# GCSE physics power help

can someone please explain to me why a battery with a larger potential difference will supply more energy to the circuit per coulomb cause I don't get it
Original post by injeolmii
can someone please explain to me why a battery with a larger potential difference will supply more energy to the circuit per coulomb cause I don't get it

According the definition potential difference work done per unit charge (w=qv) it follows that (v=w/q) so larger work is done per unit charge by larger terminal potential difference
The way I think about it is

1 Volt is equal to 1 Joule per Coulomb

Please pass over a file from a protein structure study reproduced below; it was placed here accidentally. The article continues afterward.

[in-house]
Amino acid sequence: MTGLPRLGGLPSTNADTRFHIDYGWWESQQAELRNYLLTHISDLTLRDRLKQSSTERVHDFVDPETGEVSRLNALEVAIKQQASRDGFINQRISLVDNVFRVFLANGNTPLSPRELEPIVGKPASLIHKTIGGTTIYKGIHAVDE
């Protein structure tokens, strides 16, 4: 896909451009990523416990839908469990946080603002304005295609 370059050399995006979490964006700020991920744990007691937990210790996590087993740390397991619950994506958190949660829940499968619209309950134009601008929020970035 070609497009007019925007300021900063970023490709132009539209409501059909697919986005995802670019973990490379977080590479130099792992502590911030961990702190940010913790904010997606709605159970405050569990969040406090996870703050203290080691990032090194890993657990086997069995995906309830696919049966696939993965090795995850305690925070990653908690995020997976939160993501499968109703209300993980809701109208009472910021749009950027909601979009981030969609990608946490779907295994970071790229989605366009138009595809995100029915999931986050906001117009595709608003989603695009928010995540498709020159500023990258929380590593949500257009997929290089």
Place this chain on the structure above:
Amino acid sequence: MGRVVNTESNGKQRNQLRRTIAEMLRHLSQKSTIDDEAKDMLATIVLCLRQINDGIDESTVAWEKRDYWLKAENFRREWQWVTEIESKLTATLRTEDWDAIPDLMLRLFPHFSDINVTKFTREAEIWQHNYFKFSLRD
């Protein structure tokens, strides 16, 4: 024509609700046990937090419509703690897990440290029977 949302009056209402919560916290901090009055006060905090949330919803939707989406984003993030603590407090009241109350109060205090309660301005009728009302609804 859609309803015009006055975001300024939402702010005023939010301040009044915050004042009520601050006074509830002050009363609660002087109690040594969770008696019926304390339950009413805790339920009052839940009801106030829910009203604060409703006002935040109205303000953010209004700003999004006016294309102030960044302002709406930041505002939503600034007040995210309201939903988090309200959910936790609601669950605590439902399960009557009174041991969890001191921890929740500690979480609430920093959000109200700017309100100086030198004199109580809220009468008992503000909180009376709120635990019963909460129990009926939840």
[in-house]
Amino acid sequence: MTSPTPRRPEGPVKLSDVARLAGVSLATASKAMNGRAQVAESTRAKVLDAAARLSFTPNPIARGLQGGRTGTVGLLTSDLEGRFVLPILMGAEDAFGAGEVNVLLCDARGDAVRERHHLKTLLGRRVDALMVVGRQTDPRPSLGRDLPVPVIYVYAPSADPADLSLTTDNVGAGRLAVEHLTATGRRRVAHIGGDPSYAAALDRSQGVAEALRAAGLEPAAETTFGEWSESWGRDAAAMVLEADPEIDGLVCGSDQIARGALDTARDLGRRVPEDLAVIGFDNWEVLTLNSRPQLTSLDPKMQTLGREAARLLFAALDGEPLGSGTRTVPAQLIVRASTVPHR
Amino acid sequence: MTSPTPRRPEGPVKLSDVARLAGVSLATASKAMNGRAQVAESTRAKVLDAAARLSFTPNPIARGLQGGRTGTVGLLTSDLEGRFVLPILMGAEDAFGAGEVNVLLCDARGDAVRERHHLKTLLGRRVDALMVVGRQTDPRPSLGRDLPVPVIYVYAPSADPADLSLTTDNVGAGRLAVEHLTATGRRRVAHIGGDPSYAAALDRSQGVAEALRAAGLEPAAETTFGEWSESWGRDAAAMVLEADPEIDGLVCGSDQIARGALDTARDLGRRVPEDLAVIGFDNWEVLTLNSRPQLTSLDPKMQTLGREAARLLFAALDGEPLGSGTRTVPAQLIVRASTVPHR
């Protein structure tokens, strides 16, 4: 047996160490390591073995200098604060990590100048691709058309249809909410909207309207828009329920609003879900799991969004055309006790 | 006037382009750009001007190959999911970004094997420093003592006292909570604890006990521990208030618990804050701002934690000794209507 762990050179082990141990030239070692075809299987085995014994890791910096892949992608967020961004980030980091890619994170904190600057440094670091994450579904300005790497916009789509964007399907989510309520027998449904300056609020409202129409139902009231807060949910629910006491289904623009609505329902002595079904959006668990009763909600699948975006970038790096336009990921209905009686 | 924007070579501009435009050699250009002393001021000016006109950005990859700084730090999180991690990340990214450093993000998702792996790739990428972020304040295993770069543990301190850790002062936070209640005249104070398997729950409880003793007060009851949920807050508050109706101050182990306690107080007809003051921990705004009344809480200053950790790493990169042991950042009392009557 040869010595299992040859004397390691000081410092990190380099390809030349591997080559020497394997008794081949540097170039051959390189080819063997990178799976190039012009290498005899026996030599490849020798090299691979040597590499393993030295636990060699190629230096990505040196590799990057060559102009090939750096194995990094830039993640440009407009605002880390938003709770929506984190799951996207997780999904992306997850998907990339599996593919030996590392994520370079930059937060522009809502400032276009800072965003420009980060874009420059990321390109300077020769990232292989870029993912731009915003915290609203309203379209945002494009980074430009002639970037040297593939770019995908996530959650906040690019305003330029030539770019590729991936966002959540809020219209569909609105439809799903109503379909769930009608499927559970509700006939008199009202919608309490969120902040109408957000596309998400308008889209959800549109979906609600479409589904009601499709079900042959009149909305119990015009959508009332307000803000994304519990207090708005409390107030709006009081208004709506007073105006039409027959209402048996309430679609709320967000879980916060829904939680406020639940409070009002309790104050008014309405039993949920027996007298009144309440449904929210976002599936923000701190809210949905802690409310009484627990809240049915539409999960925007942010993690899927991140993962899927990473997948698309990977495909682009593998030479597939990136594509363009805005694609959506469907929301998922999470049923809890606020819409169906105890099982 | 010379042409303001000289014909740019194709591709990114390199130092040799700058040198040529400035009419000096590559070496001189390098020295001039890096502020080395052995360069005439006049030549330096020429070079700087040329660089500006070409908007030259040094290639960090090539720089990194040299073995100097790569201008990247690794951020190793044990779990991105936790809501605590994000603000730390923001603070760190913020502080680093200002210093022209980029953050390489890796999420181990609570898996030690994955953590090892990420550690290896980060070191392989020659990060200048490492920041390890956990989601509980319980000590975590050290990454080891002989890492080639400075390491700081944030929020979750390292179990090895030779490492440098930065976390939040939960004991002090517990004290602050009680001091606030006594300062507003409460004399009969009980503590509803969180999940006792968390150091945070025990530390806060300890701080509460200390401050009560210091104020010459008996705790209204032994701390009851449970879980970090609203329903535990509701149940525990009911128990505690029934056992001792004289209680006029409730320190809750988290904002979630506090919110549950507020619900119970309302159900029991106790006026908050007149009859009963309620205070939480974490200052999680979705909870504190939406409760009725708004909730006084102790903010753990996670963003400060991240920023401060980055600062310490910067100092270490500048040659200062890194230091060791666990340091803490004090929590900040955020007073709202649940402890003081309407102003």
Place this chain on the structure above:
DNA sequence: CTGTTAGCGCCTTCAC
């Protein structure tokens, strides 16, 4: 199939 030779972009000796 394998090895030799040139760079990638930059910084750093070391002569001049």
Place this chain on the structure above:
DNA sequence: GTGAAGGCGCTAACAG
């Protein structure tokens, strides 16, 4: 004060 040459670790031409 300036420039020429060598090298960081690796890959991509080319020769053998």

(also 1 Amp is equal to 1 Coulomb per second)
Current is defined as the flow of electric charge and electrons carry this charge around the circuit. Potential difference is the energy transferred between two points in the circuit. So if there is a higher potential difference then there is more energy. As electrons are carrying this charge and need energy to do so, there will be more energy per coulomb.

Hope this helps?!